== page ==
Bee Way Honey Pollination
Honey & Beekeeping FAQ'S
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Frequently Asked Questions about honey
Although a colony of honeybees (40,000 or more in the summer) can easily produce over a hundred pounds of honey, a single honeybee produces only about a teaspoonfull in her life.
Honeybee colonies are being decimated by varroa mites. Varroa mites are a mite the size of a pin head that grows on the honeybee pupae and causes the honeybees to weaken and die.
Flowers produce both nectar and pollen to attract pollinating insects.
The bees bring nectar back to the hive and concentrate it, sort of in the same fashion that maple syrup is made from dilute maple sap, and turn it into honey.
When they visit the flowers, they get pollen all over themselves and pack it into pouches on the sides of their legs, and bring it back to the hive. The pollen is then packed into cells around the brood nest.
The honey is the carbohydrate part of their diet, and the pollen is the protein part (think beans).
Honey has bacteria fighting properties! Honey soaks up water like a powerful sponge. Therefore, living organisms in honey tend to lose much of their life supporting moisture to the honey and their growth is effectively stopped. Honey has historically been used for wounds and first aid for cuts, abrasions and burns.
Not very much. Creamed honey sometimes has finely granulated crystals of honey blended in to insure a very fine texture. Raw honey is straight from the extractor. Most of our creamed honey is completely raw.
Yes, but only a few pounds. The bumble bee colony will average about 250 bees in the summer (honeybees about 50,000) and produce 1-2 lbs of honey (a honeybee colony will produce 50 - 250 lb). Only the queen will live over the winter.
To begin with lets take a look at a bumble bee and her distant cousin the honey bee, with whom she is most often confused. Unlike the honey bee the humble bumble is gentle and slow. As she trundles around the garden collecting pollen and nectar she is quite different to her streamlined relative who dashes about everywhere. Even her body shape is different. The bumble is round and furry and not at all like her more wasp shaped cousin. In fact there are three kinds of bumble bees, the large Queen, the smaller imperfectly formed female worker bee and the tiny male or drone bee. All are seen at different times of year. Only the Queen and the worker bees have a sting.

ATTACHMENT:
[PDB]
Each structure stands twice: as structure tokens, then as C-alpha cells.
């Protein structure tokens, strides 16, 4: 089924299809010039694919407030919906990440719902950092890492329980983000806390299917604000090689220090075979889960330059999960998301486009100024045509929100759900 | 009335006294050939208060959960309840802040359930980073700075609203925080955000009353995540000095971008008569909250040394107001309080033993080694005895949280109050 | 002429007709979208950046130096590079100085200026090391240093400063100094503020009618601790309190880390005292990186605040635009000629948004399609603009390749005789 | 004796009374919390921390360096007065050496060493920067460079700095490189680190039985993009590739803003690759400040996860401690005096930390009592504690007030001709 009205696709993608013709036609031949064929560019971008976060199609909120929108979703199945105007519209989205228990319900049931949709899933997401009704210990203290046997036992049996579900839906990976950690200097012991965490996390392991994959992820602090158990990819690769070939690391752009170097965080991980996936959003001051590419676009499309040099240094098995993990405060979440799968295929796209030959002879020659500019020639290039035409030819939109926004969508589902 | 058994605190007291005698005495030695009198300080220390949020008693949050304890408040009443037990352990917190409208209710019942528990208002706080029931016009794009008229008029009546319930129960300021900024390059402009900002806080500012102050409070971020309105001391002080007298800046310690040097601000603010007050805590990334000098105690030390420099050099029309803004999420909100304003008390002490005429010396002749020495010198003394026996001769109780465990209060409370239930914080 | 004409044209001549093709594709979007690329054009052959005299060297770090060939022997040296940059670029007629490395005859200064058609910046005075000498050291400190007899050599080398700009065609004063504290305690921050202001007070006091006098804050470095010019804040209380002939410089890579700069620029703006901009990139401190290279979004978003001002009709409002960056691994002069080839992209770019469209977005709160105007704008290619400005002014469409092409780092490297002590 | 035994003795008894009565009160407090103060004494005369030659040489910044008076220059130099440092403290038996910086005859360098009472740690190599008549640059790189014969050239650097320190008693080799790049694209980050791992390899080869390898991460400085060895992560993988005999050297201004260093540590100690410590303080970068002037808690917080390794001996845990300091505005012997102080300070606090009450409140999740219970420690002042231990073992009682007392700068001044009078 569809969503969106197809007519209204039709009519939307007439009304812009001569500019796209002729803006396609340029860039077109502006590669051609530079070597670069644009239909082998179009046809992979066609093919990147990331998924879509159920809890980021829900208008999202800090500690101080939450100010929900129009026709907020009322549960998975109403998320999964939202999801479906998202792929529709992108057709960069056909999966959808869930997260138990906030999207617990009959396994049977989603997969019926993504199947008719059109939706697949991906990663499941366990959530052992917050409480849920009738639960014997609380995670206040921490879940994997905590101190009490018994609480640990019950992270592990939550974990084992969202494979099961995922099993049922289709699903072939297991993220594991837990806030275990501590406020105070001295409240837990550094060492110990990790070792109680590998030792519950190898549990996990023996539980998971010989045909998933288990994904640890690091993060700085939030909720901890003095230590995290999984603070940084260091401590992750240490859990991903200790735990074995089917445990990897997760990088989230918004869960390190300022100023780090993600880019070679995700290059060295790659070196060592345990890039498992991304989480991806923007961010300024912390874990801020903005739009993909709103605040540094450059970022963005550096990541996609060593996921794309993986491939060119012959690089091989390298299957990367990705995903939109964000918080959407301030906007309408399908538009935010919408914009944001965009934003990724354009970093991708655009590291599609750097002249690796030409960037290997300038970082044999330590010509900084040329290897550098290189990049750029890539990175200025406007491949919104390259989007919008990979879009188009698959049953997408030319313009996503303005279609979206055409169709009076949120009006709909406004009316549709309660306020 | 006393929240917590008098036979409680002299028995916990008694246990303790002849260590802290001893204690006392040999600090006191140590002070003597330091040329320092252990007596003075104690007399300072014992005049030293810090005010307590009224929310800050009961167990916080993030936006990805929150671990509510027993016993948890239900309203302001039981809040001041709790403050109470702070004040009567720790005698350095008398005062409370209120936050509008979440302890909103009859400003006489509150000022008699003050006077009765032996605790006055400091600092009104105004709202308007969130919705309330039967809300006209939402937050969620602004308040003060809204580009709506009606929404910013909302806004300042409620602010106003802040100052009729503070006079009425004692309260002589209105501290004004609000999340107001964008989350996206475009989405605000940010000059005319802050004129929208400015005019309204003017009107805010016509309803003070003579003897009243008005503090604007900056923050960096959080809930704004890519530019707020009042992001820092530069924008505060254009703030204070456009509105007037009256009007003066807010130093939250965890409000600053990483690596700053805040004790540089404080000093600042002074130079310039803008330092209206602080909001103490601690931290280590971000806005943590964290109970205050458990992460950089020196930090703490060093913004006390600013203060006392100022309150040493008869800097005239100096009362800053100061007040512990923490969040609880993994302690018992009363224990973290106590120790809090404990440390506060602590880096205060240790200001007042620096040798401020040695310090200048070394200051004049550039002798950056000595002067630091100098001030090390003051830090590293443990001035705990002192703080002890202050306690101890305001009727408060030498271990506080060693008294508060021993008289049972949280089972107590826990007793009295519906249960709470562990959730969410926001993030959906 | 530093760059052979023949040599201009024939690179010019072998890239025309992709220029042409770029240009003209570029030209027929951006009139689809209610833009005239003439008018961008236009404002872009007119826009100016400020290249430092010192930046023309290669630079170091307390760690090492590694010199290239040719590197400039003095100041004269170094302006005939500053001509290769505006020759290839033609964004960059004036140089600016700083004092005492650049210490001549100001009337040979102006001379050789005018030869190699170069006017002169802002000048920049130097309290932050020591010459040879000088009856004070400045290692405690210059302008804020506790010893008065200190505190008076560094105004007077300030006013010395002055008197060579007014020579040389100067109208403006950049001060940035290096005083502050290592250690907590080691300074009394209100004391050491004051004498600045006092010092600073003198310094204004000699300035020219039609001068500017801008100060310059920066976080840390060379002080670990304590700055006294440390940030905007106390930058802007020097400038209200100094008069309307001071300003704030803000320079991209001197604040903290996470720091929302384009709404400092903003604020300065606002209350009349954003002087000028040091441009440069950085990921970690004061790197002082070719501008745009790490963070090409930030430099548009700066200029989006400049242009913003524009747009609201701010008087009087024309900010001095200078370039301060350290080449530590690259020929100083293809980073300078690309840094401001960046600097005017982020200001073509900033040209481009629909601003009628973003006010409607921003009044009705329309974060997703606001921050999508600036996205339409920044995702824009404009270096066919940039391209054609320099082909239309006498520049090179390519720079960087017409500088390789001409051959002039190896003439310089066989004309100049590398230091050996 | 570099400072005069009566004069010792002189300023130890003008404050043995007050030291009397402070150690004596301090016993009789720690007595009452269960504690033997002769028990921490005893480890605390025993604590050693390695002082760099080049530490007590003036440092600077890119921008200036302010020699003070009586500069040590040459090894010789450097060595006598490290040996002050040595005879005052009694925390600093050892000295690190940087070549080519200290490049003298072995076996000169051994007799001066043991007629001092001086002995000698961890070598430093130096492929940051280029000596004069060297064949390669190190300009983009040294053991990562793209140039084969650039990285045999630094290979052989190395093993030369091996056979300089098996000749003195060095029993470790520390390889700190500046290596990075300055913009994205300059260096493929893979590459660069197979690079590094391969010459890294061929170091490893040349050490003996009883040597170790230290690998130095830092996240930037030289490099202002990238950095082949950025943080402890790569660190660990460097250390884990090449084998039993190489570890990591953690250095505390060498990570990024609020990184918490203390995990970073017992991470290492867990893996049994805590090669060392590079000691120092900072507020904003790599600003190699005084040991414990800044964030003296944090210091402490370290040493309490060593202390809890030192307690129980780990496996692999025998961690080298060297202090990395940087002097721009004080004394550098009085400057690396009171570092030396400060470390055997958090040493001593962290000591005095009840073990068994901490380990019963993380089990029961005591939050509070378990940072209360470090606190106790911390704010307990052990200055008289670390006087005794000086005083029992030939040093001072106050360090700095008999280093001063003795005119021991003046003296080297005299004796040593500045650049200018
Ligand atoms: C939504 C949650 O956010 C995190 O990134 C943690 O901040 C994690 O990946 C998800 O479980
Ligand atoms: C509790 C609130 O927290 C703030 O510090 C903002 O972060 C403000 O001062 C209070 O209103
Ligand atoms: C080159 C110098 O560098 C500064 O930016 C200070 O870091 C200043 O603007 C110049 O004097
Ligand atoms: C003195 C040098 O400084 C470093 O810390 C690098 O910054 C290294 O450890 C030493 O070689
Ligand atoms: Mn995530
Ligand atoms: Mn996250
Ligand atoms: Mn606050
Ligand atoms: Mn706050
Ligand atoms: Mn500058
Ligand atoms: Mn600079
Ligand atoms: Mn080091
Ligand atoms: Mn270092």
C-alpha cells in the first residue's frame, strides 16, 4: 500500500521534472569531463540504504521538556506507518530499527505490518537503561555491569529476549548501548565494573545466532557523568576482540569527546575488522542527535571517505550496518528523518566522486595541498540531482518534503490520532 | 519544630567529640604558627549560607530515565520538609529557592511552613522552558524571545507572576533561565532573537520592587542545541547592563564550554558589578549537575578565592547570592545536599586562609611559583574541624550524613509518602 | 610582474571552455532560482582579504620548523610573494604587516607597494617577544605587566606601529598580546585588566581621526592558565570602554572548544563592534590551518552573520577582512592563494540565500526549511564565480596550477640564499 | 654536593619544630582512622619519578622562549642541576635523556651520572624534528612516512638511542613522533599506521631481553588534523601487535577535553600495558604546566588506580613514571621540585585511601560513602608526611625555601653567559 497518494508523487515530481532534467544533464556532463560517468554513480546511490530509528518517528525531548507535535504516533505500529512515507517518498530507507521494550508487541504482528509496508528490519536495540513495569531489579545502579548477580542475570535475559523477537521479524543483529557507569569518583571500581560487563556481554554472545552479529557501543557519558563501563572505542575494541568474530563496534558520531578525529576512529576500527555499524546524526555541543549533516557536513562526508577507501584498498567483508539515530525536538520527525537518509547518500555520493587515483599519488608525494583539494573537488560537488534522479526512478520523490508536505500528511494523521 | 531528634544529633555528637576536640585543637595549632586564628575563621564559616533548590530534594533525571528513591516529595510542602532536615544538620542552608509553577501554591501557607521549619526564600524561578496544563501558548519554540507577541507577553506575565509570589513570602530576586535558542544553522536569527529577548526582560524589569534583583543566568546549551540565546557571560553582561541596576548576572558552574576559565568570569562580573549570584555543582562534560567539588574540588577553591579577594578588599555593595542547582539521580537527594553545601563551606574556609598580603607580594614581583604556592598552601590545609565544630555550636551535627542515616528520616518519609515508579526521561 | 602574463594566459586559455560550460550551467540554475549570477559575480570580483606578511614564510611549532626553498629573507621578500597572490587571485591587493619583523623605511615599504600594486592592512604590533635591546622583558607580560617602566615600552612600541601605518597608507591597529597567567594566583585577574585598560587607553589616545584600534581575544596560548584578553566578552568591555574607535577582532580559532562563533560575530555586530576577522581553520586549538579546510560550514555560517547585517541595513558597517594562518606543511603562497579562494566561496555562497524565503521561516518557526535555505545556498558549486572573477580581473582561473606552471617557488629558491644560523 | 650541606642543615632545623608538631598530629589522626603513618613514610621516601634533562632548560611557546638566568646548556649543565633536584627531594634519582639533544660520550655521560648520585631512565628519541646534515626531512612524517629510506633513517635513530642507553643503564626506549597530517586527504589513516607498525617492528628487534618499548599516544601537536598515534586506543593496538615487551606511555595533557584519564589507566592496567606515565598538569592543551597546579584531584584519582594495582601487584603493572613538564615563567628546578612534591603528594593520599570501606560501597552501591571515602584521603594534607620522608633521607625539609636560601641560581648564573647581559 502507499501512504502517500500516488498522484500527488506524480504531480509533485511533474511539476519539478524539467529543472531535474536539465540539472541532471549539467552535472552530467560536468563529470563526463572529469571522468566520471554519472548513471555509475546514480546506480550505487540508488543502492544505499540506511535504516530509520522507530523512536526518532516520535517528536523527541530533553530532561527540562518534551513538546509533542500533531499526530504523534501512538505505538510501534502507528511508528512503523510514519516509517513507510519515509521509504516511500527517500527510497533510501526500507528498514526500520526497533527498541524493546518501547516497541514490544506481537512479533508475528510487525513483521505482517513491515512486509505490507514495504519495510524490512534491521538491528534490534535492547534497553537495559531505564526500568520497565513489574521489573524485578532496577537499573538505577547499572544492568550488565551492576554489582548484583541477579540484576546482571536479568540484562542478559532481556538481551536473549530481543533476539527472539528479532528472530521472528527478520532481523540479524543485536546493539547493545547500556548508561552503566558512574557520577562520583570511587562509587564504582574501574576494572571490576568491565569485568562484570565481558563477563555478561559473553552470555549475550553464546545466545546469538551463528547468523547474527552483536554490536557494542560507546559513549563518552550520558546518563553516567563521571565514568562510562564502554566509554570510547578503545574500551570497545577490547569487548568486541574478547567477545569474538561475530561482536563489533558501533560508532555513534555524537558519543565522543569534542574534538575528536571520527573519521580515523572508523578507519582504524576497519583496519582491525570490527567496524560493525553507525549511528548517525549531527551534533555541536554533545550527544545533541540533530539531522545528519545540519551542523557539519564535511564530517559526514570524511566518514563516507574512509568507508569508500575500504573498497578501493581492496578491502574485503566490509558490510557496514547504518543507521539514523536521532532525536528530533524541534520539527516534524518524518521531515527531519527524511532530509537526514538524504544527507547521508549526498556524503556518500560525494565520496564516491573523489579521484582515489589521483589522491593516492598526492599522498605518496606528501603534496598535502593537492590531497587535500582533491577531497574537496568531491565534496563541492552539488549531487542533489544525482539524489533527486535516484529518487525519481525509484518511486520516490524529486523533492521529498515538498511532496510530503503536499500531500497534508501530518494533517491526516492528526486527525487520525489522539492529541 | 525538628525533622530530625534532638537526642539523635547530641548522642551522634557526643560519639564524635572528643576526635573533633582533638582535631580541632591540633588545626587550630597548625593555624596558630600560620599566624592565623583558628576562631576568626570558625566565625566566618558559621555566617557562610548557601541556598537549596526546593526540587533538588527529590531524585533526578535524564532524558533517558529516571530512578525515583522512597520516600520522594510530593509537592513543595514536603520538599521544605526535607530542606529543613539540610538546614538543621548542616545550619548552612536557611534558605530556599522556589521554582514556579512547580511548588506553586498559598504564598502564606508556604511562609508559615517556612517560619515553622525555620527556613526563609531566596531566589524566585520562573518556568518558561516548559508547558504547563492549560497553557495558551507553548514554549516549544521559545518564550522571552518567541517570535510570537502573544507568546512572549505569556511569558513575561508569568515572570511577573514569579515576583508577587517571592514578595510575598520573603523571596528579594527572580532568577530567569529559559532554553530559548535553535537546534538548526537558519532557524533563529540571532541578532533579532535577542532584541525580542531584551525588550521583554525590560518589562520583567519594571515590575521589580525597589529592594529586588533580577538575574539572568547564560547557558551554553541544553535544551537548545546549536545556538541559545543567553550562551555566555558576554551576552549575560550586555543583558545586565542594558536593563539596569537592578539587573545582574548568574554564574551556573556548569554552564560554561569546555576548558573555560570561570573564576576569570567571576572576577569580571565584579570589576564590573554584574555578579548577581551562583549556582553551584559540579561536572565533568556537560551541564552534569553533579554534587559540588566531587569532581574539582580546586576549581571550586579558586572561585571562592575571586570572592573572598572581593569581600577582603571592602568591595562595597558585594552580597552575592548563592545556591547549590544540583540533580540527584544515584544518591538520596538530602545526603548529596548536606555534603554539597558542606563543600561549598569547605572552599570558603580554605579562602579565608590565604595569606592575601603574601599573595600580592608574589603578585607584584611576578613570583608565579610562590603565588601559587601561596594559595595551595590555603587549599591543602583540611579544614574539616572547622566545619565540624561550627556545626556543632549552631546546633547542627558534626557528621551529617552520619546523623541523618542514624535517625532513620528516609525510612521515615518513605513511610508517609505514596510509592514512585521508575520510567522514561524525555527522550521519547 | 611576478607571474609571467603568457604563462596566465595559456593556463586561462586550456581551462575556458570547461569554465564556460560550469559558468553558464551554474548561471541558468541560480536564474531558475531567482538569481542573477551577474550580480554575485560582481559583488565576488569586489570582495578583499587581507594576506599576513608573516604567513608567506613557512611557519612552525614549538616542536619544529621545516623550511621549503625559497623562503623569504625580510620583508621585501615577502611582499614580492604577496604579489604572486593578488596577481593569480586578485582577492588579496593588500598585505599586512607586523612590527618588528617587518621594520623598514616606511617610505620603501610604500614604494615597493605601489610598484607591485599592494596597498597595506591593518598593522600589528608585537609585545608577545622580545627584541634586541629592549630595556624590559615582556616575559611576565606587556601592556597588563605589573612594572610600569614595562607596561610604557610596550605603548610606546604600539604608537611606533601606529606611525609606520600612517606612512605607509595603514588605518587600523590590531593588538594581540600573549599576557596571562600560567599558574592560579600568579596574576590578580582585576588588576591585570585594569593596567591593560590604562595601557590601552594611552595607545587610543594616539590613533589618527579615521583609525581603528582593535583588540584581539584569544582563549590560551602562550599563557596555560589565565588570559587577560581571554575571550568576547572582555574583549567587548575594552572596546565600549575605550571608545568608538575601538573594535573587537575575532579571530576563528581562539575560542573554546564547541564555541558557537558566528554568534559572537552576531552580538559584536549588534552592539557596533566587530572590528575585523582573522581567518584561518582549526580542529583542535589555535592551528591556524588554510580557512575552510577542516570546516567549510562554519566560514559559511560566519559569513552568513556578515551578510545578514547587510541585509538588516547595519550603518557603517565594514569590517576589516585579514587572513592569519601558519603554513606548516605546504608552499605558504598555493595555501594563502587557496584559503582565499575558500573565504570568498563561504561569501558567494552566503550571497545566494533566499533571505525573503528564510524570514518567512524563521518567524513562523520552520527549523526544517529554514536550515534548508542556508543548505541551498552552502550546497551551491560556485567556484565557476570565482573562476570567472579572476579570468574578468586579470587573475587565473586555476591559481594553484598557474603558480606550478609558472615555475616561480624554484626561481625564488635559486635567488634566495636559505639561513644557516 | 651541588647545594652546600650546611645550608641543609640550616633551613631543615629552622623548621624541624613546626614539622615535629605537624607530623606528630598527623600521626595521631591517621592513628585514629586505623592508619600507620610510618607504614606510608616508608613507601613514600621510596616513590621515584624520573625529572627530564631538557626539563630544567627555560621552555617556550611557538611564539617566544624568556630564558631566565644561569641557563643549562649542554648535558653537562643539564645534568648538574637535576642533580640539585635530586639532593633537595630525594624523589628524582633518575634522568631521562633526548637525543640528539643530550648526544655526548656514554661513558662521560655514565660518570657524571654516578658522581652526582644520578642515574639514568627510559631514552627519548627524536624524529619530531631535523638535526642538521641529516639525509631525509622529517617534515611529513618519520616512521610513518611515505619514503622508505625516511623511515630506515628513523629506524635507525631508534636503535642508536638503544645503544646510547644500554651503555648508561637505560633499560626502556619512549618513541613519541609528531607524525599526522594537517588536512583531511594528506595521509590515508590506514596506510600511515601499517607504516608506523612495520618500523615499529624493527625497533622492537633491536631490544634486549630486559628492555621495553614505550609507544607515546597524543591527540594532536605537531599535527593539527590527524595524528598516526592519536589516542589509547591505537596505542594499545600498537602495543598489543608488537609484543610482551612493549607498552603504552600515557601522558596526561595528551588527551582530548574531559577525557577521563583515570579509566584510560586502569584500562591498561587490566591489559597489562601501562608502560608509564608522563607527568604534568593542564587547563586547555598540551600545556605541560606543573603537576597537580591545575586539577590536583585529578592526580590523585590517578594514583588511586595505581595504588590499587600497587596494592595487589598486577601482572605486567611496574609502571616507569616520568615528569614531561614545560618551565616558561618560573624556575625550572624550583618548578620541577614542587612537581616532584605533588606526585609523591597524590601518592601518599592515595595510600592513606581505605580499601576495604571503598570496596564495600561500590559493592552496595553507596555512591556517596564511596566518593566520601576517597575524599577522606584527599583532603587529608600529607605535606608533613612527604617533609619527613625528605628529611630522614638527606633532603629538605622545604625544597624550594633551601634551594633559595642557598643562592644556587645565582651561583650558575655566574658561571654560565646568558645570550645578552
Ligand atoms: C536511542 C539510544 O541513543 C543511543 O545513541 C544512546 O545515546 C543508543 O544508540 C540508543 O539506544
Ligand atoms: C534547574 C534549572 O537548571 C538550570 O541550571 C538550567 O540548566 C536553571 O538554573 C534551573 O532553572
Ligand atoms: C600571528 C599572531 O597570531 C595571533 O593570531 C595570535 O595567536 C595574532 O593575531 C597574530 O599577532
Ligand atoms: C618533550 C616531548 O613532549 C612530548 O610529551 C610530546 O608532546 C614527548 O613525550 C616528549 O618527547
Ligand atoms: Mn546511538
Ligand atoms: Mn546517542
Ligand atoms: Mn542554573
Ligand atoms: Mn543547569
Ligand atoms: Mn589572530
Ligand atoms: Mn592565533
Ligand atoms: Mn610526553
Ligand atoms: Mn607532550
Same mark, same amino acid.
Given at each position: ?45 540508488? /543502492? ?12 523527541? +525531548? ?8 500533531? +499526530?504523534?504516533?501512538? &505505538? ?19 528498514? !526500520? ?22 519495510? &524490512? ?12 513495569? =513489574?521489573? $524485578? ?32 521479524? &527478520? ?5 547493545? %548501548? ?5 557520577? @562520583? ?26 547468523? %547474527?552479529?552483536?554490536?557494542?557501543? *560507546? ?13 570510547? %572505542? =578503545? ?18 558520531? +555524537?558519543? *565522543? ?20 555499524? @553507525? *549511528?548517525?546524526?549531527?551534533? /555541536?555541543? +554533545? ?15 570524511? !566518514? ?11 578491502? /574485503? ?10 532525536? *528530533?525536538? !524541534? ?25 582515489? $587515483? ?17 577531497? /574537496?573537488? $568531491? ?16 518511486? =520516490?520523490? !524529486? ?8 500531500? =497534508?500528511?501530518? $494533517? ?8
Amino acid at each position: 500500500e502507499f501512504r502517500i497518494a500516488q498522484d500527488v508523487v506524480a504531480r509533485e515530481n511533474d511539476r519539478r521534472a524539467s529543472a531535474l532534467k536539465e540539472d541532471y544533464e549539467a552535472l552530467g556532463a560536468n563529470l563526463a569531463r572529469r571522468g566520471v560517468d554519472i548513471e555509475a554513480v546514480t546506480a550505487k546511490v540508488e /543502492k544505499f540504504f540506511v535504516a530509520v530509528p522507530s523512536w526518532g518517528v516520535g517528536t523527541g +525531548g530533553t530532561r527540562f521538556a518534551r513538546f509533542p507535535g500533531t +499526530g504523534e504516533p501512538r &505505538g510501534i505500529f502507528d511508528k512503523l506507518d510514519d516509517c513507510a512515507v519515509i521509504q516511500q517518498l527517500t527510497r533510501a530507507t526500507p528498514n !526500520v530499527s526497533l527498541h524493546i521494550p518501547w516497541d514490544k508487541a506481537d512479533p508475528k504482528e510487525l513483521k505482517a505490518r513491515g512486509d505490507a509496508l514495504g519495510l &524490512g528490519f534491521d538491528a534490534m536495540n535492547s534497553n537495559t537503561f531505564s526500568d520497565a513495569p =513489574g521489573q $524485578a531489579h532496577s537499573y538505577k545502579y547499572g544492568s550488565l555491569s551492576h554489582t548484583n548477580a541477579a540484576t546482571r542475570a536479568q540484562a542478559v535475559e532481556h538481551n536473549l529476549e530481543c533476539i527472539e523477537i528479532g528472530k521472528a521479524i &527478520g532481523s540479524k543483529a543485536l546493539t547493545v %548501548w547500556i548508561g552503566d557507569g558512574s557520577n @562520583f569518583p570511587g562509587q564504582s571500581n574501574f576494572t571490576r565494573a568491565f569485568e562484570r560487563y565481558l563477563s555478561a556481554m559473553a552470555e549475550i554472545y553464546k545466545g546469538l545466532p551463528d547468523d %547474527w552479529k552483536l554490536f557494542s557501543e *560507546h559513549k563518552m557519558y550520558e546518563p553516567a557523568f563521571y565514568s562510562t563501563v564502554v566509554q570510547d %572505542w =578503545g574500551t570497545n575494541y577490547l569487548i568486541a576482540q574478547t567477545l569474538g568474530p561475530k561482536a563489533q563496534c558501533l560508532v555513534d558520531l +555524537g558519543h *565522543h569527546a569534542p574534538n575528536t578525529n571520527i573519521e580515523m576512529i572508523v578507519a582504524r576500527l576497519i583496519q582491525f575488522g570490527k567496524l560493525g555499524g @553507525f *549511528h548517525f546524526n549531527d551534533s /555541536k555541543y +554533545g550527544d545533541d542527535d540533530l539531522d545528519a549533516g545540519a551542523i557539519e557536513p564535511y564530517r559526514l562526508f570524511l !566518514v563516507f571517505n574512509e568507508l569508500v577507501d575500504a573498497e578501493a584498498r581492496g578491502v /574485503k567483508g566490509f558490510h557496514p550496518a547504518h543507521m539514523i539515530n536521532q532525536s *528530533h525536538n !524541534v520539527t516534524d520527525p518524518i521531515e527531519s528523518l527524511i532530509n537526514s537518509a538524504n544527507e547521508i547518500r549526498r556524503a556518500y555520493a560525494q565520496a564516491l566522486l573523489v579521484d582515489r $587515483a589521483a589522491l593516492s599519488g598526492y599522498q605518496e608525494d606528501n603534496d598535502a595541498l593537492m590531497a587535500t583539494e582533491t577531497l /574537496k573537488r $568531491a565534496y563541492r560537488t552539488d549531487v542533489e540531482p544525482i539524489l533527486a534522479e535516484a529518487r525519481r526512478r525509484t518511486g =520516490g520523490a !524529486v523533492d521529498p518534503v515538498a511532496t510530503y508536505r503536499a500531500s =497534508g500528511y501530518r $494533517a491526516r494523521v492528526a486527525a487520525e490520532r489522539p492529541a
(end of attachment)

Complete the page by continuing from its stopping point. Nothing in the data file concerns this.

The specific flavor of each honey depends on the particular nectar the bees gather. When bees collect nectar from large growths of one certain blossom, the honey is labeled "single-flower" honey; examples are clover, lavender, sunflower and star thistle. Sometimes bees gather nectar from a variety of sources, making multi-floral honey called "wildflower". Flavors range from light and fruity to tangy and rich.
As a general rule, light-colored honey is mild in flavor, while dark honey is more assertive. Clover, acacia, basswood and orange blossom are some of the lighter varieties; they make wonderful sweeteners for cereal, tea, fruit salads and salad dressings. In the middle range, you find star thistle, Florida tupelo, sage, alfalfa and honeys from berry blossoms, which add a stronger flavor. Dark honey, such as buckwheat, is used like brown sugar or molasses; it works well on oatmeal and in pancakes and whole-grain breads. Flavored honeys are those to which flavoring agents, such as fruit or herb essences, have been added
In a study that analyzed 19 samples of honey from 14 different floral sources, University of Illinois scientists found that honey made from nectar collected from Illinois buckwheat flowers packs 20 times the antioxidant punch as that produced by bees that lap up California sage. Clover, perhaps the most common plant source tapped by honey bees, scored in the middle of the rankings.
Whenever the air temperature drops below 55 degrees or so, the honeybees start to form a ball shaped cluster inside the beehive. The colder it gets, the "tighter" the cluster is. Even with zero degrees outside the temperature inside the cluster may be 90 degrees.
Usually in November the queen stops laying eggs and raising more honeybees. In January the brood raising resumes with sometimes only a small patch of brood (baby bees) and then the bees gradually increase it as the warmer temperatures resume.
In the winter the honeybees maintain this inner hive temperature by consuming honey and "shivering" which creates heat. The outside layer of bees become very cold and they are frequently rotated inside the cluster and replaced with other bees.
The only time the bees leave the hive in the winter is when the weather breaks and it is 30 degrees or so and then the bees take short flights to relieve themselves of feces. Many times the beekeeper will see lots of bees in the snow that got too cold and never made it back.
Bee Way Honey © 2006
17496 SE Hemrick Rd
Damascus OR 97089
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